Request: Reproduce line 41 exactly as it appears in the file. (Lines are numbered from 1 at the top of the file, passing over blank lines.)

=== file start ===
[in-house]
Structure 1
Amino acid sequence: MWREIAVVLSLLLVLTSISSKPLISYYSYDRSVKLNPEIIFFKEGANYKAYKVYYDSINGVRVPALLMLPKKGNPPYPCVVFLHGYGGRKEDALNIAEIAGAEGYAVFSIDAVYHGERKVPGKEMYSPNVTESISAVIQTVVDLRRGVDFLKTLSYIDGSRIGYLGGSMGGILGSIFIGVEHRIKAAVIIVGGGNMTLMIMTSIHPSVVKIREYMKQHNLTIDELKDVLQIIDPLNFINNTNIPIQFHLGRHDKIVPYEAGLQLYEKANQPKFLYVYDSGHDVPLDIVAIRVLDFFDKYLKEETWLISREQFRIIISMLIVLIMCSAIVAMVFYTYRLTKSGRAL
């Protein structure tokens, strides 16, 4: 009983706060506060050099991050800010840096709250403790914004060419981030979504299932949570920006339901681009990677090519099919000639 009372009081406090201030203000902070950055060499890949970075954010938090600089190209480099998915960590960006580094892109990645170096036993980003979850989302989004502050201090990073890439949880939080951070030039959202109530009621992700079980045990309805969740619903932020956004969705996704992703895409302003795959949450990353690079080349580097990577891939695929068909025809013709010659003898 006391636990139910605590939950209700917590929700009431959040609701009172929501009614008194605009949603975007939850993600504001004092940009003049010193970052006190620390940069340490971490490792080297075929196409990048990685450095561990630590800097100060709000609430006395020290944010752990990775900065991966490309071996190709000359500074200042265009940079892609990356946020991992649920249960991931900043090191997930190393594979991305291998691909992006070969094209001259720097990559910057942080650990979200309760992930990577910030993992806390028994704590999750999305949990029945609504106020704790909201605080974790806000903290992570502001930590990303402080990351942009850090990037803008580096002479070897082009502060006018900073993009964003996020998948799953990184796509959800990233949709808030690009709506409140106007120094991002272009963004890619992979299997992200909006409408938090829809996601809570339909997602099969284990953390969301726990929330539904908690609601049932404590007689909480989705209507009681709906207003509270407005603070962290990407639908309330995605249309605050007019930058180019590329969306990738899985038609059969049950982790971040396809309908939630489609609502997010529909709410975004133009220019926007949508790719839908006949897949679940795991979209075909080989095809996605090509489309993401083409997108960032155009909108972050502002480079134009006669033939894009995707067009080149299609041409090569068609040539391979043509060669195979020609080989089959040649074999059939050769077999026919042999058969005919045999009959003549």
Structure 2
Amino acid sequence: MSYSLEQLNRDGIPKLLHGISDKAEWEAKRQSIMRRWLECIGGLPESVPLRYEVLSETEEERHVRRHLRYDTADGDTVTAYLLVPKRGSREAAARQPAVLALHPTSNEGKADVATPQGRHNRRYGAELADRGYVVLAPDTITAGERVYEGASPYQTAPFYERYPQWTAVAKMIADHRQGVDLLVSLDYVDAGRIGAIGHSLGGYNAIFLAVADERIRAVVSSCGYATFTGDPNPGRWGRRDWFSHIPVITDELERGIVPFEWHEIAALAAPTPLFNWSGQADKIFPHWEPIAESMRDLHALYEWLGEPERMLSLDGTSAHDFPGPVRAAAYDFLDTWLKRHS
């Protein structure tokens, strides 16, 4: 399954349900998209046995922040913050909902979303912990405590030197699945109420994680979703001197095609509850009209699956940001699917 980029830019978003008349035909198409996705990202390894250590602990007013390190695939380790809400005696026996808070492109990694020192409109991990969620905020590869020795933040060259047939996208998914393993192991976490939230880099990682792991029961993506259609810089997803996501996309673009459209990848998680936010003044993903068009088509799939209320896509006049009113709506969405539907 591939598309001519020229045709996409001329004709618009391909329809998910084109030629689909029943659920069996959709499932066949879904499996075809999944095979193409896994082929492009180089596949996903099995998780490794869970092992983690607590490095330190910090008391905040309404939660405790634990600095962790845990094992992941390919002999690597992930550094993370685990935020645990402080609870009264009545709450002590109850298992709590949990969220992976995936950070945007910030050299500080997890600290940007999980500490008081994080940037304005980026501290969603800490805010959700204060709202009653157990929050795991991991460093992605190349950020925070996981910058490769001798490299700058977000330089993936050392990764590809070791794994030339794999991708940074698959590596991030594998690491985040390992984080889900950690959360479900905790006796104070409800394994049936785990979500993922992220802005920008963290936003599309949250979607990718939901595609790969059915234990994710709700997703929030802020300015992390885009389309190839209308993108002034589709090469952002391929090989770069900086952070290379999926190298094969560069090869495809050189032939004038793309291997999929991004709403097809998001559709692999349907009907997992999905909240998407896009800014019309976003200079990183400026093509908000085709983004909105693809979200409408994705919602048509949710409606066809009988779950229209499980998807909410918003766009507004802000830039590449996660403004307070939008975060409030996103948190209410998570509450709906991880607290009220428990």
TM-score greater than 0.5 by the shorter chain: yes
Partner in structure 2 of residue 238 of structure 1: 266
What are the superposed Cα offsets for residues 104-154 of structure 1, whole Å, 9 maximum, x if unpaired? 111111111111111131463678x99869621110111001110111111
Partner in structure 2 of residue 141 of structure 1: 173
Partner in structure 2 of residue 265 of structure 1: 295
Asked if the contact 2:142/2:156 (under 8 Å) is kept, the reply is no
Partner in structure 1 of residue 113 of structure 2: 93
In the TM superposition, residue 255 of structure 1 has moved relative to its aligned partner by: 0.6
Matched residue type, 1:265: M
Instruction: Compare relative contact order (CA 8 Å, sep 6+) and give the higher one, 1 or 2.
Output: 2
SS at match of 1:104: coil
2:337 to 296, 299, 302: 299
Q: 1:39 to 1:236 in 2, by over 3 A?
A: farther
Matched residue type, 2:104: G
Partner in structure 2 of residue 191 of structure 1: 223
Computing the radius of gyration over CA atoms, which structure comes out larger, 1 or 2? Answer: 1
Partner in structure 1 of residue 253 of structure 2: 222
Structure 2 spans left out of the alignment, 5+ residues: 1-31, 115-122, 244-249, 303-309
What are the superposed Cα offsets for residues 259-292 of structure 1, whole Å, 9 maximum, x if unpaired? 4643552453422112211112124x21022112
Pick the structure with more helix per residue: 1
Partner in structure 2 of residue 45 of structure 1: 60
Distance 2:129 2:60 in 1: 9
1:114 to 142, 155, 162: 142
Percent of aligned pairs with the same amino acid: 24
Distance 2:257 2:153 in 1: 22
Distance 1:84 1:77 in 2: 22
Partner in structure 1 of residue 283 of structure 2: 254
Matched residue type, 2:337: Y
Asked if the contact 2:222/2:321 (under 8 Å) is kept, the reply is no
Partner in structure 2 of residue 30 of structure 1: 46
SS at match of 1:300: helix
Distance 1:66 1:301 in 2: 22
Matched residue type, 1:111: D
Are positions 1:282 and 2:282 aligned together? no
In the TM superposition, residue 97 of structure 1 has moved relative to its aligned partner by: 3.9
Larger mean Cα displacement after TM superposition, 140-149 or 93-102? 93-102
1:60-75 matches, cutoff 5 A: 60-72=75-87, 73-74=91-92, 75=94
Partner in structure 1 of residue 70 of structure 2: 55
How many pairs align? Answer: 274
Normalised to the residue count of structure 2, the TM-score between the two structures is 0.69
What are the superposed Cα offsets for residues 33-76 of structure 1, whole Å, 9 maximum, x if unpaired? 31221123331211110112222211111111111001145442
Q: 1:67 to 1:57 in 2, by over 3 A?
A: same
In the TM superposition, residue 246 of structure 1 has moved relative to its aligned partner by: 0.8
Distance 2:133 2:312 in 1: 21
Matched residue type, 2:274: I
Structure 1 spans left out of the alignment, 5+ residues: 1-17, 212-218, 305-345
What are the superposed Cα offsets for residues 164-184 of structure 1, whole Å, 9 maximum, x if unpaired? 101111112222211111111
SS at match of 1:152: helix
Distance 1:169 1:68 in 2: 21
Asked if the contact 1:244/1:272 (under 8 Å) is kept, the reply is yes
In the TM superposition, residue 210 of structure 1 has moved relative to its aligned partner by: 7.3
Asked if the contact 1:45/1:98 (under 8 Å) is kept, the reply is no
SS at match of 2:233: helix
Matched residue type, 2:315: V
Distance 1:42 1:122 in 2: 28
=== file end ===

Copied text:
Distance 1:66 1:301 in 2: 22